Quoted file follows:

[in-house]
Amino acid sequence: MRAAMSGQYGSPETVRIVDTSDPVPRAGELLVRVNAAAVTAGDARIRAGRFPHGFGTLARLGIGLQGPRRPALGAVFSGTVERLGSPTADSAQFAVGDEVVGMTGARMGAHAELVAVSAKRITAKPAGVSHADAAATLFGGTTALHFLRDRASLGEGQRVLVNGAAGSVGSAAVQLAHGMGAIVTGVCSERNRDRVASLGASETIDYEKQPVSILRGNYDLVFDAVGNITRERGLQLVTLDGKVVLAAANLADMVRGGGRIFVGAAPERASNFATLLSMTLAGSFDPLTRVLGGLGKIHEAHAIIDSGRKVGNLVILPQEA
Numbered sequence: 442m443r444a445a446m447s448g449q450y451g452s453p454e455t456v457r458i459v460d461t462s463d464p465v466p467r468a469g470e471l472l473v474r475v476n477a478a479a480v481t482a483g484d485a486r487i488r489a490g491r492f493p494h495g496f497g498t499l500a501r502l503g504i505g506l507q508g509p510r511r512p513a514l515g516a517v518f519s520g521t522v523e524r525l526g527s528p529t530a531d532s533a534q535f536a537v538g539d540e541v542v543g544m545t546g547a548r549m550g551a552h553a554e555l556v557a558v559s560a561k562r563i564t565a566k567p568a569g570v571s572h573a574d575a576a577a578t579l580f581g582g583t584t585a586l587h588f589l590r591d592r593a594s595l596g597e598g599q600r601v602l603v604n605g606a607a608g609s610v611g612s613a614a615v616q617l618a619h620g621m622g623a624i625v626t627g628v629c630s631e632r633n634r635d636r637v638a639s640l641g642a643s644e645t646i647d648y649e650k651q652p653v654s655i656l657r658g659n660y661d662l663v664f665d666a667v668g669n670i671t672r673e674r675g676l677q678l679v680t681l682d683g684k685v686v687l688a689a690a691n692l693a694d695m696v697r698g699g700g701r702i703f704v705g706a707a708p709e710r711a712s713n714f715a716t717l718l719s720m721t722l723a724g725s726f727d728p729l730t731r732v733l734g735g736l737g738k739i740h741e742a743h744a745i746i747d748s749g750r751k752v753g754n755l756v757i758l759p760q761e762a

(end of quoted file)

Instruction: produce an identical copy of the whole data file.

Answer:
[in-house]
Amino acid sequence: MRAAMSGQYGSPETVRIVDTSDPVPRAGELLVRVNAAAVTAGDARIRAGRFPHGFGTLARLGIGLQGPRRPALGAVFSGTVERLGSPTADSAQFAVGDEVVGMTGARMGAHAELVAVSAKRITAKPAGVSHADAAATLFGGTTALHFLRDRASLGEGQRVLVNGAAGSVGSAAVQLAHGMGAIVTGVCSERNRDRVASLGASETIDYEKQPVSILRGNYDLVFDAVGNITRERGLQLVTLDGKVVLAAANLADMVRGGGRIFVGAAPERASNFATLLSMTLAGSFDPLTRVLGGLGKIHEAHAIIDSGRKVGNLVILPQEA
Numbered sequence: 442m443r444a445a446m447s448g449q450y451g452s453p454e455t456v457r458i459v460d461t462s463d464p465v466p467r468a469g470e471l472l473v474r475v476n477a478a479a480v481t482a483g484d485a486r487i488r489a490g491r492f493p494h495g496f497g498t499l500a501r502l503g504i505g506l507q508g509p510r511r512p513a514l515g516a517v518f519s520g521t522v523e524r525l526g527s528p529t530a531d532s533a534q535f536a537v538g539d540e541v542v543g544m545t546g547a548r549m550g551a552h553a554e555l556v557a558v559s560a561k562r563i564t565a566k567p568a569g570v571s572h573a574d575a576a577a578t579l580f581g582g583t584t585a586l587h588f589l590r591d592r593a594s595l596g597e598g599q600r601v602l603v604n605g606a607a608g609s610v611g612s613a614a615v616q617l618a619h620g621m622g623a624i625v626t627g628v629c630s631e632r633n634r635d636r637v638a639s640l641g642a643s644e645t646i647d648y649e650k651q652p653v654s655i656l657r658g659n660y661d662l663v664f665d666a667v668g669n670i671t672r673e674r675g676l677q678l679v680t681l682d683g684k685v686v687l688a689a690a691n692l693a694d695m696v697r698g699g700g701r702i703f704v705g706a707a708p709e710r711a712s713n714f715a716t717l718l719s720m721t722l723a724g725s726f727d728p729l730t731r732v733l734g735g736l737g738k739i740h741e742a743h744a745i746i747d748s749g750r751k752v753g754n755l756v757i758l759p760q761e762a